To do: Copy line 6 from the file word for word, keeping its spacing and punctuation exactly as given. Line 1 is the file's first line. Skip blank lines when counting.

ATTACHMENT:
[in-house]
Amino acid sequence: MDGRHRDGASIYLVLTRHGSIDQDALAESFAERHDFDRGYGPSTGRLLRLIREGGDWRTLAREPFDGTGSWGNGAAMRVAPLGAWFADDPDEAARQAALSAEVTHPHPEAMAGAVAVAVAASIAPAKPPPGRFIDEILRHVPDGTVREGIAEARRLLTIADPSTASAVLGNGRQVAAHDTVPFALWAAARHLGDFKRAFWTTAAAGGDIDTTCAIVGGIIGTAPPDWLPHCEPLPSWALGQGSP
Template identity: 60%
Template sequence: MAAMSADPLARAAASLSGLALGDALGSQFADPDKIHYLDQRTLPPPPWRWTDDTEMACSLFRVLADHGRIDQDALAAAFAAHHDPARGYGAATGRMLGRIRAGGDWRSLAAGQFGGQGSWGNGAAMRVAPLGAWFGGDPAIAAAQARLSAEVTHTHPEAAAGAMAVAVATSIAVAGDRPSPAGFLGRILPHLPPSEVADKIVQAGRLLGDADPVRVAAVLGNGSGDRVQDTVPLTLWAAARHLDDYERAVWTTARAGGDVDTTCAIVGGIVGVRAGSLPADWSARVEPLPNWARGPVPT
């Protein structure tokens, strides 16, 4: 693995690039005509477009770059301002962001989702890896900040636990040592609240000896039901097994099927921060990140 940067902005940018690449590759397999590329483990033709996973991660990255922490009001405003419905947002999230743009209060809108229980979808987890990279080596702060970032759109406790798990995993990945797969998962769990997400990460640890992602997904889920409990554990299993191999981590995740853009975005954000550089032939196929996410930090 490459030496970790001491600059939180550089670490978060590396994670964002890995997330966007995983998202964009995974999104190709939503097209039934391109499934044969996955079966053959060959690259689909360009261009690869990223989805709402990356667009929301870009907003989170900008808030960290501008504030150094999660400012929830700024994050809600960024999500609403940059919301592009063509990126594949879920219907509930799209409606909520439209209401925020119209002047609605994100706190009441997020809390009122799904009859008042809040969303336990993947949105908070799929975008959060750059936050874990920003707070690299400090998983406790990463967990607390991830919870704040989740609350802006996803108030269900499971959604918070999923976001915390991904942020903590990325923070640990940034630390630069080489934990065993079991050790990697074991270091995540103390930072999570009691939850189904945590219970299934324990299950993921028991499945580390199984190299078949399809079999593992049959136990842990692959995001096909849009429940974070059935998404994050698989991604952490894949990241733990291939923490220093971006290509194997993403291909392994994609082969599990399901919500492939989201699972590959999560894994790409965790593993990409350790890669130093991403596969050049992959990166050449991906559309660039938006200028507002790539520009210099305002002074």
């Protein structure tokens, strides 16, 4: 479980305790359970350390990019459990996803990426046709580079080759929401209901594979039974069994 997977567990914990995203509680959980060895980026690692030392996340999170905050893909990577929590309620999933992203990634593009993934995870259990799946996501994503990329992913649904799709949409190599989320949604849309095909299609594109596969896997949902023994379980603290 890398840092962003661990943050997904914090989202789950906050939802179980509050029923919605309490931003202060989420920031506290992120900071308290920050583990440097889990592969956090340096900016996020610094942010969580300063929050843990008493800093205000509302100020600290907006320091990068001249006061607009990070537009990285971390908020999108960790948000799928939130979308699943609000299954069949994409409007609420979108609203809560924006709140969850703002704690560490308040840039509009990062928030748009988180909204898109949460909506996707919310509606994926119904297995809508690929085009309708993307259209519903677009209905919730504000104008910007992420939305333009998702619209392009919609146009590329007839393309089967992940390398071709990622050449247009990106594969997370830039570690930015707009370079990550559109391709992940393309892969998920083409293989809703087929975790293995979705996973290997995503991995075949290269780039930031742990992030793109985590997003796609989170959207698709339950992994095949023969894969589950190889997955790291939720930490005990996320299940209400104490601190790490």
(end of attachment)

């Protein structure tokens, strides 16, 4: 479980305790359970350390990019459990996803990426046709580079080759929401209901594979039974069994 997977567990914990995203509680959980060895980026690692030392996340999170905050893909990577929590309620999933992203990634593009993934995870259990799946996501994503990329992913649904799709949409190599989320949604849309095909299609594109596969896997949902023994379980603290 890398840092962003661990943050997904914090989202789950906050939802179980509050029923919605309490931003202060989420920031506290992120900071308290920050583990440097889990592969956090340096900016996020610094942010969580300063929050843990008493800093205000509302100020600290907006320091990068001249006061607009990070537009990285971390908020999108960790948000799928939130979308699943609000299954069949994409409007609420979108609203809560924006709140969850703002704690560490308040840039509009990062928030748009988180909204898109949460909506996707919310509606994926119904297995809508690929085009309708993307259209519903677009209905919730504000104008910007992420939305333009998702619209392009919609146009590329007839393309089967992940390398071709990622050449247009990106594969997370830039570690930015707009370079990550559109391709992940393309892969998920083409293989809703087929975790293995979705996973290997995503991995075949290269780039930031742990992030793109985590997003796609989170959207698709339950992994095949023969894969589950190889997955790291939720930490005990996320299940209400104490601190790490």